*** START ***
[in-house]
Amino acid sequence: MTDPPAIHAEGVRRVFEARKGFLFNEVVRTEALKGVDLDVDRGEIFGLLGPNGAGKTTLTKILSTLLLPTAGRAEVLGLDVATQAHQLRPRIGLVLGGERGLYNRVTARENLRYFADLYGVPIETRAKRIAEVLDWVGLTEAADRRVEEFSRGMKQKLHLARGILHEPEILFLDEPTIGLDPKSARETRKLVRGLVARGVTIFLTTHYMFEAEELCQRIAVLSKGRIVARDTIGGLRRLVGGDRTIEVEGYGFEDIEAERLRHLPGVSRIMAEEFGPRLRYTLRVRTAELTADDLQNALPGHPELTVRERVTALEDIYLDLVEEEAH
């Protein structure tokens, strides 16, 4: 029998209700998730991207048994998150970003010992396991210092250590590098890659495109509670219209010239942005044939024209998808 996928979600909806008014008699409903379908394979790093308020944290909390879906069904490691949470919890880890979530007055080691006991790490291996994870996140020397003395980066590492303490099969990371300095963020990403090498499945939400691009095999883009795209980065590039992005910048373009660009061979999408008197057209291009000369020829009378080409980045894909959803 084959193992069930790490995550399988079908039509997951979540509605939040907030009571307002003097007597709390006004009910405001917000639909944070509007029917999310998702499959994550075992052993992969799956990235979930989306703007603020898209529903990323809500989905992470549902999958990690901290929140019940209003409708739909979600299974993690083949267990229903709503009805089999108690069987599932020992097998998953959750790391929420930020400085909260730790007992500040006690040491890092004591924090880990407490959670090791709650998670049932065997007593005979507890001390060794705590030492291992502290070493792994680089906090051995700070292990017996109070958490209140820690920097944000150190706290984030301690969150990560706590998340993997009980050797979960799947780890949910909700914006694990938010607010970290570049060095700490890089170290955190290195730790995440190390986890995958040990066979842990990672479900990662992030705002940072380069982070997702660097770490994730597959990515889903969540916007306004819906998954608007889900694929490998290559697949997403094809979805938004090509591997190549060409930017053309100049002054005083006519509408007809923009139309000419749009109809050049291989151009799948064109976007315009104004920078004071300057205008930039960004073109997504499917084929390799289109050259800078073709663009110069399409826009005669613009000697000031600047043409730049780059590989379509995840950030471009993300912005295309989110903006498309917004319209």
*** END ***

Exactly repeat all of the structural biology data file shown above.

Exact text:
[in-house]
Amino acid sequence: MTDPPAIHAEGVRRVFEARKGFLFNEVVRTEALKGVDLDVDRGEIFGLLGPNGAGKTTLTKILSTLLLPTAGRAEVLGLDVATQAHQLRPRIGLVLGGERGLYNRVTARENLRYFADLYGVPIETRAKRIAEVLDWVGLTEAADRRVEEFSRGMKQKLHLARGILHEPEILFLDEPTIGLDPKSARETRKLVRGLVARGVTIFLTTHYMFEAEELCQRIAVLSKGRIVARDTIGGLRRLVGGDRTIEVEGYGFEDIEAERLRHLPGVSRIMAEEFGPRLRYTLRVRTAELTADDLQNALPGHPELTVRERVTALEDIYLDLVEEEAH
């Protein structure tokens, strides 16, 4: 029998209700998730991207048994998150970003010992396991210092250590590098890659495109509670219209010239942005044939024209998808 996928979600909806008014008699409903379908394979790093308020944290909390879906069904490691949470919890880890979530007055080691006991790490291996994870996140020397003395980066590492303490099969990371300095963020990403090498499945939400691009095999883009795209980065590039992005910048373009660009061979999408008197057209291009000369020829009378080409980045894909959803 084959193992069930790490995550399988079908039509997951979540509605939040907030009571307002003097007597709390006004009910405001917000639909944070509007029917999310998702499959994550075992052993992969799956990235979930989306703007603020898209529903990323809500989905992470549902999958990690901290929140019940209003409708739909979600299974993690083949267990229903709503009805089999108690069987599932020992097998998953959750790391929420930020400085909260730790007992500040006690040491890092004591924090880990407490959670090791709650998670049932065997007593005979507890001390060794705590030492291992502290070493792994680089906090051995700070292990017996109070958490209140820690920097944000150190706290984030301690969150990560706590998340993997009980050797979960799947780890949910909700914006694990938010607010970290570049060095700490890089170290955190290195730790995440190390986890995958040990066979842990990672479900990662992030705002940072380069982070997702660097770490994730597959990515889903969540916007306004819906998954608007889900694929490998290559697949997403094809979805938004090509591997190549060409930017053309100049002054005083006519509408007809923009139309000419749009109809050049291989151009799948064109976007315009104004920078004071300057205008930039960004073109997504499917084929390799289109050259800078073709663009110069399409826009005669613009000697000031600047043409730049780059590989379509995840950030471009993300912005295309989110903006498309917004319209």